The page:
Archive for Tuesday, February 17, 2009

City candidates, public get acquainted at forum

City Commission candidates, from left, Dennis Constance, Aron Cromwell and Lance Johnson participate in a public forum Monday at City Hall.

City Commission candidates, from left, Dennis Constance, Aron Cromwell and Lance Johnson participate in a public forum Monday at City Hall.

February 17, 2009


A clear scorecard began to emerge on growth and development issues following the first candidate forum for Lawrence City Commission hopefuls Monday.

A trio of candidates believe the city is overbuilt and is traveling down the wrong economic development path. A pair of candidates said the city wasn’t doing enough to attract new businesses. And two others fell somewhere in the middle.

Candidates Dennis Constance, Aron Cromwell and Gwen Klingenberg all said they believed the city’s retail and residential scenes were overbuilt, and all urged the city to change its focus from attracting new industrial employers to one that emphasizes nurturing small local companies.

“Jobs don’t grow a city. People grow a city,” said Klingenberg, who said she was concerned the city was trying to attract employers who paid wages that were not sufficient to allow people to live and work in Lawrence.

But candidates James Bush and Lance Johnson both firmly stated they did not believe the city was overbuilt, and said they thought the community needed to focus on ways to be more welcoming to businesses that are considering locating in the city.

“I believe in letting the free market work,” Johnson said. “I don’t believe in the City Commission getting involved in saying that we have too much space. I think the free market does a good job of regulating that.”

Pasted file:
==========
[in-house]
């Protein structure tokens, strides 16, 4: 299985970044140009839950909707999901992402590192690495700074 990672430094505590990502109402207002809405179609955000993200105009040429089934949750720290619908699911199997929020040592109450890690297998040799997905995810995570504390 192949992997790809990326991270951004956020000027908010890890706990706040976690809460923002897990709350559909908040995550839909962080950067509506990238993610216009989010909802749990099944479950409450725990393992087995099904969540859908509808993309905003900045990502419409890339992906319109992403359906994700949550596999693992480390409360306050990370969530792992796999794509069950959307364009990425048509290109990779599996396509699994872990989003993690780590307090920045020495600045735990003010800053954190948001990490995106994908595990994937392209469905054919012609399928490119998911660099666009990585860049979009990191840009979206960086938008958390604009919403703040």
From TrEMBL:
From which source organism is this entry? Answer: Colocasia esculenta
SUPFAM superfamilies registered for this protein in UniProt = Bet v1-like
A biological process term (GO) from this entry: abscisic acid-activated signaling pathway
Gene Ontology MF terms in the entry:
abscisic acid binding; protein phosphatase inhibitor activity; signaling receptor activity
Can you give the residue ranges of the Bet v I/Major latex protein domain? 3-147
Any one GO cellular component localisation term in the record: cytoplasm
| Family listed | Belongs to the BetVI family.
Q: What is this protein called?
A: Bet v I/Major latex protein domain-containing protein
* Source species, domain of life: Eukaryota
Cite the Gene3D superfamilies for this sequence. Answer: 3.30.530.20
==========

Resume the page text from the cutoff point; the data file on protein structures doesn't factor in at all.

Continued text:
Candidates Mike Amyx, the lone incumbent seeking re-election, and Price Banks fell somewhere in the middle of the spectrum. Amyx said he did not think the city was overbuilt, and said the city had enough ability to control growth through controlling where new sewers are located. He did say, though, that he supports keeping the city’s living wage ordinance, which currently requires companies that recently received tax abatements to pay every employee at least $11.44 per hour.

Banks said he thought the city was temporarily overbuilt and needed better long-range planning. He said he believed tax abatements were a necessary evil that the city needed to offer to companies, but said Lawrence’s biggest selling point to potential employers is its quality of life.

“Too often we think the growth has caused Lawrence to become a special place,” Banks said. “The reason we have had the growth is because we are a special place. We can’t have a better economic development incentive than being a nice place to go and a nice place to live.”

Tom Johnson was the lone candidate who did not attend the City Hall forum, which was sponsored by the nonpartisan Voter Education Coalition. Johnson had already scheduled a trip out of the community.

The eight candidates are seeking three at-large seats on the City Commission. The election will be April 7.

Two incumbents — Sue Hack and Boog Highberger — are not seeking re-election. Incumbents Rob Chestnut and Mike Dever still have two years left on their terms.

The Voter Education Coalition will next host a City Commission and school board forum at 6:30 p.m. on March 18 at City Hall. That forum will be taped to be broadcast on Sunflower Broadband and on